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Passed/Failed: An education in the life of Andrew Sachs, actor and writer

'I learnt English at the age of eight'

Interview by Jonathan Sale
Thursday, 2 February 2006

Andrew Sachs, 75, played Manuel in Fawlty Towers. He was the narrator in the recent BBC1 series Egypt, and his audiobooks include Persian Fire by Tom Holland. He has written several radio plays, including The Revenge, a binaural-stereo classic featuring 11 actors and assorted sound effects, but no actual dialogue. It won an award in Barcelona.

I am one of the few people who can say "Thanks" to Hitler. If we'd stayed in Germany, where I was born in 1930, I would probably have gone to university there and never become an actor. If Hitler had left it till three years later, I would not have started to learn my second language, English, at the early age of eight-and- three-quarters, when my mind was still flexible enough to pick it up naturally.

On my first day at school on the outskirts of Berlin, kids got a cardboard cone or witch's hat full of sweets - a good reason for going to school. We moved to the centre of Berlin and at my second school, coming home one day, I saw the windows of Jewish establishments bashed in after Kristallnacht.

My father was Jewish, which wasn't very helpful. He was arrested in a restaurant where we were having supper but released after a few days because of a business contact in the police who pulled some strings. We emigrated to England a few weeks later, in December 1938.

I swapped schools rather often. I went to a school in Hatch End, Pinner, but this part of north London was near an airbase and, shortly after we moved there, it was declared a restricted area and aliens were turfed out. My father was interned for a time. When I was 10, we moved Kilburn and I went to Harvist Road School, where I launched into my short career of juvenile delinquency. I started playing truant and went to the local playground, where I spent hours on the roundabouts. I would come home dizzy and ashen-faced.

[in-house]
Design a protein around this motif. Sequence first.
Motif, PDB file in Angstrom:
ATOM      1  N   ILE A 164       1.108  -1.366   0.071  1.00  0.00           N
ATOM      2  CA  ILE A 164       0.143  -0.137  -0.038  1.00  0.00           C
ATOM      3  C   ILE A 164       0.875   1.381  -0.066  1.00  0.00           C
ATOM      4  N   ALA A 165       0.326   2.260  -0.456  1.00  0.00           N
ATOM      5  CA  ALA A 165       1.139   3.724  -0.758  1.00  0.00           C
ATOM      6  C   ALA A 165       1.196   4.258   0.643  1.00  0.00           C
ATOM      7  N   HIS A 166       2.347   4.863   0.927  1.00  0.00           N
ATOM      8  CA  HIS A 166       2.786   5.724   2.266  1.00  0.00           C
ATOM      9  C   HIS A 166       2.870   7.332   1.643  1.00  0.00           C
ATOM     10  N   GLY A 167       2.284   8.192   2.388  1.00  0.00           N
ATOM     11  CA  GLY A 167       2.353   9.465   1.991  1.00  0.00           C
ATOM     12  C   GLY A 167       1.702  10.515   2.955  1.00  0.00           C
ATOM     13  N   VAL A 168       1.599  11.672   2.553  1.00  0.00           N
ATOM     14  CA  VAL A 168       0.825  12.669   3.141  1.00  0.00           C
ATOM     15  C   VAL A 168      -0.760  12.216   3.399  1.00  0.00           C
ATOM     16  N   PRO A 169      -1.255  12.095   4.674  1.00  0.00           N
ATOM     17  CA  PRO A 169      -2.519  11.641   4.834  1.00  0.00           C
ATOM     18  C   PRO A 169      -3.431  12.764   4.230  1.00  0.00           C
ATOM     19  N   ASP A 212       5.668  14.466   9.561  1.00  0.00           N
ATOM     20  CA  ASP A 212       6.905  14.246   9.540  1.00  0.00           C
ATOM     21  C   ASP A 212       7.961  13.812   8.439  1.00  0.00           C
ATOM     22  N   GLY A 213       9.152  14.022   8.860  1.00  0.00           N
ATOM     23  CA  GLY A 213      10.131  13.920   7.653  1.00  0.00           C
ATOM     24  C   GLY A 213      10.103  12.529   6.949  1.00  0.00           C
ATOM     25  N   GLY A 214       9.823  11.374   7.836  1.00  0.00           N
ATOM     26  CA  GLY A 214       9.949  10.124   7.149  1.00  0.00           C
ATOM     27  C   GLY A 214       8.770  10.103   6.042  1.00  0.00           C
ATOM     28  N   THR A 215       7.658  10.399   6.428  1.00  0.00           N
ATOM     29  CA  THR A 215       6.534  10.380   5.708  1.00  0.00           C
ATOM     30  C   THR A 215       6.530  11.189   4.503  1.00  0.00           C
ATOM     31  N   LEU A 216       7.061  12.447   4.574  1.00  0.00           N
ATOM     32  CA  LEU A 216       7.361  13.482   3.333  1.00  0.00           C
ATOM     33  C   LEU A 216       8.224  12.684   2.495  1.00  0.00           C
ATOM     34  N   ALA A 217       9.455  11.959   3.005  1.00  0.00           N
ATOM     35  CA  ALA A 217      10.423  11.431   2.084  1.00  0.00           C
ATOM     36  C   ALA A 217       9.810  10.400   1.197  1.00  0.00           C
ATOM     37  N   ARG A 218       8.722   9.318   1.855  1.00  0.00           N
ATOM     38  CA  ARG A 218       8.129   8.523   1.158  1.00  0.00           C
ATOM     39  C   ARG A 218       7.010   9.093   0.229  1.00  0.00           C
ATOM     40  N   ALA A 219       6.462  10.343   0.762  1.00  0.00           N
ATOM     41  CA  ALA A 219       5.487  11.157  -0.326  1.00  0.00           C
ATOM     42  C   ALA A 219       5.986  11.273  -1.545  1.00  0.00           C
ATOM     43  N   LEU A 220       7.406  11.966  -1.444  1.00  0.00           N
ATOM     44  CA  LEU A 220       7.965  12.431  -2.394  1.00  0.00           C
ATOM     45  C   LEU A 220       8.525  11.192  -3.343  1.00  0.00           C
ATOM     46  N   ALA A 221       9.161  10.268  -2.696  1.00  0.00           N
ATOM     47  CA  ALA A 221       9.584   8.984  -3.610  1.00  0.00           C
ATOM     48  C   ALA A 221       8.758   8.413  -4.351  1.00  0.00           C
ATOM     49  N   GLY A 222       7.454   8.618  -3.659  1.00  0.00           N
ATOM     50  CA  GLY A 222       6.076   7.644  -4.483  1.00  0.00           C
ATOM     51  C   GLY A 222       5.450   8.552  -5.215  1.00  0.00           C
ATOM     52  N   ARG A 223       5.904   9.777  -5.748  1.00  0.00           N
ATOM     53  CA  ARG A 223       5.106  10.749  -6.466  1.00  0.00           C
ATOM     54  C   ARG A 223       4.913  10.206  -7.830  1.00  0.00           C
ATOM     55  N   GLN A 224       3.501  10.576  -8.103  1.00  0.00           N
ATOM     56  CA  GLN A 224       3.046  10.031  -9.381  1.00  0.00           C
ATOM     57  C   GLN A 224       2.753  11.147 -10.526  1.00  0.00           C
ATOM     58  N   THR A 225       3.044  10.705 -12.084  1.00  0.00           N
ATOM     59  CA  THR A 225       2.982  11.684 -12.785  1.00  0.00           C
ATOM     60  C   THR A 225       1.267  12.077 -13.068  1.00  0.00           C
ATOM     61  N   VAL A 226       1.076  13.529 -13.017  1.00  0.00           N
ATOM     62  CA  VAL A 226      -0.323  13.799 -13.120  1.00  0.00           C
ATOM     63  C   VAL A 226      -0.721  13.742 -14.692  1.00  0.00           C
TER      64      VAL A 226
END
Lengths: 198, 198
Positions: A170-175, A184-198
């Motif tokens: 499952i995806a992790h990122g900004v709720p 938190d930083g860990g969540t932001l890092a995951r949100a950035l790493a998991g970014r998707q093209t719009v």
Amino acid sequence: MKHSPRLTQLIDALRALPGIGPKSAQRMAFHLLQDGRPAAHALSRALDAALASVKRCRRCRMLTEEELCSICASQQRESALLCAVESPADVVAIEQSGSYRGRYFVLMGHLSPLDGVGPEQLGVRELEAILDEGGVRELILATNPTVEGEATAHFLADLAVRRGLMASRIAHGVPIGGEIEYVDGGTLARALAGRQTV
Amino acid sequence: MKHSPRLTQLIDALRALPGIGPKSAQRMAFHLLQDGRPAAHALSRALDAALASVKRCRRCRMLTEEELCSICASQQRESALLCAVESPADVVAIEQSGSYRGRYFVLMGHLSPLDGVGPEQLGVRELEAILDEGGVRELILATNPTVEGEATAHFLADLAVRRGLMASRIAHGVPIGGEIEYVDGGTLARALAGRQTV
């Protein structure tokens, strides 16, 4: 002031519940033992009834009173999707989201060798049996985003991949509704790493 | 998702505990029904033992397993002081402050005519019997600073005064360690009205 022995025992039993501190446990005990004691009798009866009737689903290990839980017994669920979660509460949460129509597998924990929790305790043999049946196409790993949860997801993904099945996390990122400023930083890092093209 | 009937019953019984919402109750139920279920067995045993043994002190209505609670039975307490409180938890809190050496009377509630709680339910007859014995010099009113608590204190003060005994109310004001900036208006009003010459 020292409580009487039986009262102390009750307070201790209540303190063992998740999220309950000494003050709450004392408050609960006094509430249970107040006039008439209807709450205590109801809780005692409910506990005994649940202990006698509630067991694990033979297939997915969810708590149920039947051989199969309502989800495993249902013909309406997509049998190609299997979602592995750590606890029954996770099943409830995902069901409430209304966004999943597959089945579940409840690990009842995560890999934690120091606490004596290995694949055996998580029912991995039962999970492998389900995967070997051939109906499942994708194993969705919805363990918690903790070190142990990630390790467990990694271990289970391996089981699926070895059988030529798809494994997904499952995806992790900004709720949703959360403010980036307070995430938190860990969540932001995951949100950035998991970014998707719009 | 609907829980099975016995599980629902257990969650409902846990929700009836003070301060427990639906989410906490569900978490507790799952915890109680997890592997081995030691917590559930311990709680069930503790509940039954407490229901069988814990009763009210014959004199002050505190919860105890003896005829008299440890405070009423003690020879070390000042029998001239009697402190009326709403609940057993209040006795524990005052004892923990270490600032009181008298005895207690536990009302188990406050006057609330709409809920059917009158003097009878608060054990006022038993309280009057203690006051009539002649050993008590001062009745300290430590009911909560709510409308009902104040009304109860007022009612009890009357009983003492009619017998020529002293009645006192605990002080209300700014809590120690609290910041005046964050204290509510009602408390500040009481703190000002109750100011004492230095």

Then we moved to Primrose Hill and took over as caretakers in the house of the anthropologist Bronislaw Malinowski, famous for his book The Sexual Life of Savages. I found masses of slides - naked ladies! - in a store room: very entertaining for a 10-year-old boy. Apart from being called "a German-Jewish pig" (the boy was much bigger than me, but I hit him and he was surprised), I fitted in with my English mates.

Then we moved to Swiss Cottage and I started going to secondary school, William Ellis, though it was then called the North London Emergency Secondary School, as the William Ellis boys had been evacuated to Leighton Buzzard. It was a bit of a ropy education there, and my father was shocked that I got bad results. He was ill and died a week before my 14th birthday. But before then, almost with his dying breath, he took me through my schoolwork. From getting Ds, I started getting As for everything except maths. I had to take my School Cert [O-levels] again, in the winter term, and did well, except for maths and physics.

I loved films and thought, "You don't have to learn much to be an actor". I read stories about lumberjacks being stars in Hollywood. Shirley Temple was only three! Even dogs could be film stars, like Lassie! I auditioned for Rada, and they said I was good but too young, so suggested a term at Parada, their preparatory academy. This cost my mother 17 guineas a term. At the end of the first term, Rada said another term would be good. I did my second term and then they said that a third term would really do it. But I wasn't learning what I really wanted to know: how to cope with mass adulation, and the price of property in Beverly Hills. I gave up and got myself a job in Bexhill rep.

I tried to speak the King's (later, the Queen's) English and develop what I thought was beautiful diction - and producers cast me as French jockeys, Russian POWs, Japanese scientists... and Spanish waiters.

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